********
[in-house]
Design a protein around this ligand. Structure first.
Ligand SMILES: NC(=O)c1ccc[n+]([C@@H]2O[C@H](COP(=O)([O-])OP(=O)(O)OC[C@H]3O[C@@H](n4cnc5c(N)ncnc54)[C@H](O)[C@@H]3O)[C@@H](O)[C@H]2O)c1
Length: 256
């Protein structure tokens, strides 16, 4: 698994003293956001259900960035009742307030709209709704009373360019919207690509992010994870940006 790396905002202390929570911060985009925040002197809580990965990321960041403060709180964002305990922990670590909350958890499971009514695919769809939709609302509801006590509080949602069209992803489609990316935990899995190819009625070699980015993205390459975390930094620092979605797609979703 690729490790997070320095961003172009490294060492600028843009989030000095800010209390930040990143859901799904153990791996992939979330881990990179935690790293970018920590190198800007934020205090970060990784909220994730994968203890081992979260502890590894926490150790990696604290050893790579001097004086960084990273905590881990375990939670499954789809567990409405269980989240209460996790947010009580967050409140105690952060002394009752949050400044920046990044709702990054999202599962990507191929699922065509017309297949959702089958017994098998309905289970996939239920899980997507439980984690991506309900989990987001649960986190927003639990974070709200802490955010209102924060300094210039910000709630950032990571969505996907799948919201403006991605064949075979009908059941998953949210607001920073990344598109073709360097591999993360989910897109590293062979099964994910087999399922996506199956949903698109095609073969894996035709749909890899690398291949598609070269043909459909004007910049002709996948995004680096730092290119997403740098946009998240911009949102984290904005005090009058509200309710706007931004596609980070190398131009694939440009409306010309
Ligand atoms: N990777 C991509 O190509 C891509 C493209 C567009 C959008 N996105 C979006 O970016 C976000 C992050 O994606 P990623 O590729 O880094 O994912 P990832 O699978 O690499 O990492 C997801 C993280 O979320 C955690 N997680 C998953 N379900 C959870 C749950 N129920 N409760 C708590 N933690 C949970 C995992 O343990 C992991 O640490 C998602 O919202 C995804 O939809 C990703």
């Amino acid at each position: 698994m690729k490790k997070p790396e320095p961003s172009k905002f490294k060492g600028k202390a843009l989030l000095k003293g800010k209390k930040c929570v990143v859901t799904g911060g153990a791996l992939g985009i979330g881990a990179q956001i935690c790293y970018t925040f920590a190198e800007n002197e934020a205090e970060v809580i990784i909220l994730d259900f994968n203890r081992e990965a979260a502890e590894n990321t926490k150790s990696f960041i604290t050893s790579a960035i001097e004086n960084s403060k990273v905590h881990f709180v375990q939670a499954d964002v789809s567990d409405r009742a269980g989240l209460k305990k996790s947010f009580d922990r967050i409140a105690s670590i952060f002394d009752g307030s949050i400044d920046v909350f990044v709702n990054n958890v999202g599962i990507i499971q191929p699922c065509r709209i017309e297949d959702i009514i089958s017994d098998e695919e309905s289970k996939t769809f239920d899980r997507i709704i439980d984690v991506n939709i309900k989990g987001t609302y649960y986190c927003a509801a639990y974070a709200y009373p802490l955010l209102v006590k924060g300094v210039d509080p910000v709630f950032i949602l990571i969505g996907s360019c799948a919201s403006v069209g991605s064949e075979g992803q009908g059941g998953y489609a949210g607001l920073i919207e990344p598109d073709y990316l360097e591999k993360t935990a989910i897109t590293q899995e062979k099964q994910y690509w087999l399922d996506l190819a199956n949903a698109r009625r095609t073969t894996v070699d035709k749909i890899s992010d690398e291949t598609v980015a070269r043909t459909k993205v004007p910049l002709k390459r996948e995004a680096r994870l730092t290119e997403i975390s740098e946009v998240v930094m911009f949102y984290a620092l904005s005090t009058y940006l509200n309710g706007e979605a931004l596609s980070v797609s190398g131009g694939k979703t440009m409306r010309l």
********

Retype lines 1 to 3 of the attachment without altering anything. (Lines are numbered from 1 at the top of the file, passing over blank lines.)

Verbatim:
[in-house]
Design a protein around this ligand. Structure first.
Ligand SMILES: NC(=O)c1ccc[n+]([C@@H]2O[C@H](COP(=O)([O-])OP(=O)(O)OC[C@H]3O[C@@H](n4cnc5c(N)ncnc54)[C@H](O)[C@@H]3O)[C@@H](O)[C@H]2O)c1